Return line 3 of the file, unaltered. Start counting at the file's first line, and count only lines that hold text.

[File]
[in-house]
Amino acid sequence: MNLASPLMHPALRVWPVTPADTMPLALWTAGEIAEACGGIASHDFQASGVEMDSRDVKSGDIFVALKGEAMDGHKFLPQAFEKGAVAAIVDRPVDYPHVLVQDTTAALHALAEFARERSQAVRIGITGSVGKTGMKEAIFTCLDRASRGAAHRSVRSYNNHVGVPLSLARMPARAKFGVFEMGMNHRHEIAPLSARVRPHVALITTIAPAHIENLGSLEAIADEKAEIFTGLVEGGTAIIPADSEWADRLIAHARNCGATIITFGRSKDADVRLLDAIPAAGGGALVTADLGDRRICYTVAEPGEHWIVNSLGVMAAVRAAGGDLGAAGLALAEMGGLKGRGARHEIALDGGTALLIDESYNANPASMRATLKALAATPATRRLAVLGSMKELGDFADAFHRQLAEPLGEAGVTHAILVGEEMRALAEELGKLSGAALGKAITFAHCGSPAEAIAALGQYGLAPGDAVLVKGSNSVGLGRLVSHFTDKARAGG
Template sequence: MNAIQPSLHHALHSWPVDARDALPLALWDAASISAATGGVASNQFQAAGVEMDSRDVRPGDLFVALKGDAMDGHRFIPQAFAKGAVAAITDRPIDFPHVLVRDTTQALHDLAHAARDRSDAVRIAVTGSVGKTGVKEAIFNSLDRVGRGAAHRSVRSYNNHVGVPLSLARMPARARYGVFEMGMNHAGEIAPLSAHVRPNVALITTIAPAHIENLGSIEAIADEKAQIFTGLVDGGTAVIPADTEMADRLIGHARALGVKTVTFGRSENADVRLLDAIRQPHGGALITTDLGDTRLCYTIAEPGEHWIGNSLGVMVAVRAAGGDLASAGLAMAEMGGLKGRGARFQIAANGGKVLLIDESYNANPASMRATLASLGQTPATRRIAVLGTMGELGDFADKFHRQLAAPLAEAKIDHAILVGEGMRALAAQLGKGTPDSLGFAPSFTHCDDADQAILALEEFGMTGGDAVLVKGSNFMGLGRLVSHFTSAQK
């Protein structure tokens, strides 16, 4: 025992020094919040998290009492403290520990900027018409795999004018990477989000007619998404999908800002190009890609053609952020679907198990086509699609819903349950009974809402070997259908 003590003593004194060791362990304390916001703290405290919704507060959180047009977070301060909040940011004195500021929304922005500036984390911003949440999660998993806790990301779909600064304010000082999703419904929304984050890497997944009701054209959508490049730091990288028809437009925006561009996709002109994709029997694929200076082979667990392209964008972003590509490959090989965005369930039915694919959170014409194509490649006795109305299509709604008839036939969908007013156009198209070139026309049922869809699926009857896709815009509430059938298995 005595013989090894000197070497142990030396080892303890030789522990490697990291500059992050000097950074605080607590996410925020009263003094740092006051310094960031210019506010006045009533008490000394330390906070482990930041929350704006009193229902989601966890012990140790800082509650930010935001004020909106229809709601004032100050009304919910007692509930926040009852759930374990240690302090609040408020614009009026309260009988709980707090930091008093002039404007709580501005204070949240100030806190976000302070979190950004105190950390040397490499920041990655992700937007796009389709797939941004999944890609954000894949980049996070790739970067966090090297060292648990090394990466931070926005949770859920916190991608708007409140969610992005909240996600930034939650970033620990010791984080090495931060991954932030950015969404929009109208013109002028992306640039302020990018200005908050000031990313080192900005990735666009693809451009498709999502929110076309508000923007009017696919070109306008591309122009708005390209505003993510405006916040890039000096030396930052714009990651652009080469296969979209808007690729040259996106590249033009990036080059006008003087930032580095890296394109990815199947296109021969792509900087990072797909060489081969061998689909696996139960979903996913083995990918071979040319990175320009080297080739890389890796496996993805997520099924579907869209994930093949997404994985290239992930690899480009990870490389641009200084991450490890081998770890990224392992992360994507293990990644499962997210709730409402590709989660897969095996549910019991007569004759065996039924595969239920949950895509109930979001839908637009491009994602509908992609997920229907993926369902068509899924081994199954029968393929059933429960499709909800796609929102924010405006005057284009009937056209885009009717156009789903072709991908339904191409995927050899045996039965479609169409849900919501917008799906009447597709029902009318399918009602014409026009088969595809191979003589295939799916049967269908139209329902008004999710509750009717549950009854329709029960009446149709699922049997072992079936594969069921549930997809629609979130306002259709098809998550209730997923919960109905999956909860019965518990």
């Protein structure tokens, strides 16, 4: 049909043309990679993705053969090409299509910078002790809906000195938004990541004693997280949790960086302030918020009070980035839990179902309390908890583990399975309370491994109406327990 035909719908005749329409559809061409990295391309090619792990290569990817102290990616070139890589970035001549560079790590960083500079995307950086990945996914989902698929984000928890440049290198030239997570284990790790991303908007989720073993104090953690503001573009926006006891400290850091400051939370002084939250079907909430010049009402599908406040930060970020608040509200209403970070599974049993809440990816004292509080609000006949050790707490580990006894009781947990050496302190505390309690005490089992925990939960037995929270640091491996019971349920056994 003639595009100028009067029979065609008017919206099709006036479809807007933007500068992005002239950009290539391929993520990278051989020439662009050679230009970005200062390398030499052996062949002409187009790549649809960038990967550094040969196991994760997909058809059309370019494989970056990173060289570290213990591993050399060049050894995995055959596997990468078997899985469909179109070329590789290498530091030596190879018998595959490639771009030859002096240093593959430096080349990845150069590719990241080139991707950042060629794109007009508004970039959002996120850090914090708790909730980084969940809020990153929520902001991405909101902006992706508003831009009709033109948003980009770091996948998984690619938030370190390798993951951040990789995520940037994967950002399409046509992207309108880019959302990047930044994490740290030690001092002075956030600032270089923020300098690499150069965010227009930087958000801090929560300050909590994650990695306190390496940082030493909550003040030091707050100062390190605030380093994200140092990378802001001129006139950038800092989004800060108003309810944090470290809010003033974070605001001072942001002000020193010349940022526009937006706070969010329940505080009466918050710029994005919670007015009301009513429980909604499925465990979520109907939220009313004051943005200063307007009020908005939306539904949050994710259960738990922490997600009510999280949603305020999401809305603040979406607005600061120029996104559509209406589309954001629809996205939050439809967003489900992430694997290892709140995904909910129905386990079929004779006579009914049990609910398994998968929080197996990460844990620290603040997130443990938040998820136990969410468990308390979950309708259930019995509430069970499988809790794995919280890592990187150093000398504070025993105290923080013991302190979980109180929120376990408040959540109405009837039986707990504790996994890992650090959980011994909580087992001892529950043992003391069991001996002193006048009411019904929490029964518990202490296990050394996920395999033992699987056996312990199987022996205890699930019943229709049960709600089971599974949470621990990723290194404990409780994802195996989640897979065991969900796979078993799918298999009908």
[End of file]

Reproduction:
Template sequence: MNAIQPSLHHALHSWPVDARDALPLALWDAASISAATGGVASNQFQAAGVEMDSRDVRPGDLFVALKGDAMDGHRFIPQAFAKGAVAAITDRPIDFPHVLVRDTTQALHDLAHAARDRSDAVRIAVTGSVGKTGVKEAIFNSLDRVGRGAAHRSVRSYNNHVGVPLSLARMPARARYGVFEMGMNHAGEIAPLSAHVRPNVALITTIAPAHIENLGSIEAIADEKAQIFTGLVDGGTAVIPADTEMADRLIGHARALGVKTVTFGRSENADVRLLDAIRQPHGGALITTDLGDTRLCYTIAEPGEHWIGNSLGVMVAVRAAGGDLASAGLAMAEMGGLKGRGARFQIAANGGKVLLIDESYNANPASMRATLASLGQTPATRRIAVLGTMGELGDFADKFHRQLAAPLAEAKIDHAILVGEGMRALAAQLGKGTPDSLGFAPSFTHCDDADQAILALEEFGMTGGDAVLVKGSNFMGLGRLVSHFTSAQK